Unki, Mimosa on course to secure smelter facility
Tinashe Makichi Business Reporter
Unki and Mimosa Mines are weighing options on whether to set up a new refinery or to utilise existing facilities once they are upgraded.
The two mining giants are looking at either a greenfield facility or using Bindura Nickel Corporation smelter, Empress Nickel Refinery or the Zimplats Base Metal Refinery.
Unki Mines chief finance officer Mr Colin Chibafa told the Parliamentary Portfolio Committee on Mines and Energy at a mining industry workshop hosted by Buy Zimbabwe and the Chamber of Mines last Friday that Unki and Mimosa were on course to implement their beneficiation programmes in line with Government’s policy of value addition and beneficiation.
“Unki and Mimosa Mines require additional time to explore the possibility of securing smelting facilities locally either a new greenfield facility, Bindura Nickel Corporation or any other parties who might be interested.
“We are weighing our options and once we ascertain smelter facilities to use, we hope this will go a long way in meeting our goals as platinum companies,” said Mr Chibafa.
Mimosa Mines chairman Mr Winston Chitando said the imposition of a 15 percent tax on unrefined platinum is posing viability challenges to the miners but plans to implement value addition and beneficiation programme are on course.
As the two companies are working towards the smelter initiative, Zimplats is already on the front foot to operationalise its base metal refinery by June next year.
The rehabilitation exercise is expected to consume $100 million, while expansion of the plant’s circuits to accommodate its annual output of 270 000 ounces will push the budget to $190 million.
Zimplats will seek to further develop the base metal refinery into a precious metal refinery and put up more furnaces to accommodate material from other local miners at an additional cost of about $500 million.
Beneficiating the platinum to matte enables producers to realise 88,5 percent of potential revenue; at base metal refinery stage they get 89,7 percent, rising to 90 percent at precious metal stage.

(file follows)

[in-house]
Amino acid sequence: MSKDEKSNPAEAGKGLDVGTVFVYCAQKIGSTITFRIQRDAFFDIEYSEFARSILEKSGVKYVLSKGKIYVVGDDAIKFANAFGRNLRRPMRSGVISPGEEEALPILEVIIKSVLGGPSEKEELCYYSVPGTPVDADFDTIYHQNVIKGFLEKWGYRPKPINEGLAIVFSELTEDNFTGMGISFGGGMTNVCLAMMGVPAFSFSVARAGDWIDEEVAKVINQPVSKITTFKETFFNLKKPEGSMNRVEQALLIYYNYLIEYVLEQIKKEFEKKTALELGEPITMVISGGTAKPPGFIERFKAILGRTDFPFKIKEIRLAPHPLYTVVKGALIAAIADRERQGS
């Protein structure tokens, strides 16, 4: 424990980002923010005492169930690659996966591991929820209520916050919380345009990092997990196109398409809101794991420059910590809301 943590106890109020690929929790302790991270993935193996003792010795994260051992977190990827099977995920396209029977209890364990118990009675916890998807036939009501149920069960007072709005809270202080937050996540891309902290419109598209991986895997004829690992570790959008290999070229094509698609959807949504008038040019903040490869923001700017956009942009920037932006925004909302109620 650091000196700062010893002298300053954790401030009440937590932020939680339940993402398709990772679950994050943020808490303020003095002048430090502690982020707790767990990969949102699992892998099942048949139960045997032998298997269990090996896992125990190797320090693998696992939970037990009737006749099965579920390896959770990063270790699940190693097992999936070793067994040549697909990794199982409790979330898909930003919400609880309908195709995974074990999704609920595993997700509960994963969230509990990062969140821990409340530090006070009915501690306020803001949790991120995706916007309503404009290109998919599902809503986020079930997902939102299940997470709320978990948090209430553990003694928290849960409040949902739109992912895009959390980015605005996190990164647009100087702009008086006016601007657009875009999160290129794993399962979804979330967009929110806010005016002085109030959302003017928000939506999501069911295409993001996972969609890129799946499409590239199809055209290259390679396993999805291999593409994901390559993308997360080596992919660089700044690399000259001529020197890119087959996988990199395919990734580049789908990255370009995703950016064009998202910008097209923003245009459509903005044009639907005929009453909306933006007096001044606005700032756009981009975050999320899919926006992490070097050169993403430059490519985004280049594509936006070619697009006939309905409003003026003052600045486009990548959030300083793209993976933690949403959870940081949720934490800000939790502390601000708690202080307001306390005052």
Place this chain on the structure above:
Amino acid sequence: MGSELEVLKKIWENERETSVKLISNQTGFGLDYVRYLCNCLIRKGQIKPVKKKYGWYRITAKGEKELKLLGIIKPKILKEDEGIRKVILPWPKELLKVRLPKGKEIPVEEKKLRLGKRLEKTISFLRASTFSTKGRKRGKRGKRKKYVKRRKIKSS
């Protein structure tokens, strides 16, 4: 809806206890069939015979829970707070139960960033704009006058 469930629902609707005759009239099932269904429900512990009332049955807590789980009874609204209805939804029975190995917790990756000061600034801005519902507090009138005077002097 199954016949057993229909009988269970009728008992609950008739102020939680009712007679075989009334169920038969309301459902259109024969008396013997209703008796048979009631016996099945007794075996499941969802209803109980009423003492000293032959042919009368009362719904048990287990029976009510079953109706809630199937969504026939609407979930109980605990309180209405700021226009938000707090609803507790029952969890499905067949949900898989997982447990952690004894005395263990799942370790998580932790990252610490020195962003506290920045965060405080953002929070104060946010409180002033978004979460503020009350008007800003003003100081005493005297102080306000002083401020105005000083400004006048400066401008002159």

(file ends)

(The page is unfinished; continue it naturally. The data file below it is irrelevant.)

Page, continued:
The committee, however, said while the smelter initiative was noble but there was need for transparency among platinum miners in their operations if Government is to lift the 15 percent tax imposed on unrefined platinum exports.
Parliamentarians are of the view that transparency in the platinum sector may be an encouraging first step in answering calls for public disclosure of mining revenues and payments by mining companies and Government as a way of promoting transparency and accountability which have been lacking in the mining sector.
“There has been lack of disclosure and transparency in the mining sector and how then do you expect Government to lift the export tax when some of these companies cannot even reveal how much they are earning from their operations.
“This builds distrust between Government and the miners which is not a good thing. Lack of disclosure among mining companies has deprived Government of its earnings,” said committee chairperson Mr Lovemore Matuke.
Chamber of Mines president Mr Alex Mhembere, who is also Zimplats chief executive, said it would not be easy for Government to get full disclosure from companies that are not listed on the Zimbabwe Stock Exchange as they believe they are not obliged to disclose in- formation.
“Lack of disclosure has been a challenge among non-listed companies because they think they don’t have an obligation to disclose their figures even though there have been multiple leakages of minerals in the mining sector,” said Mr Mhembere.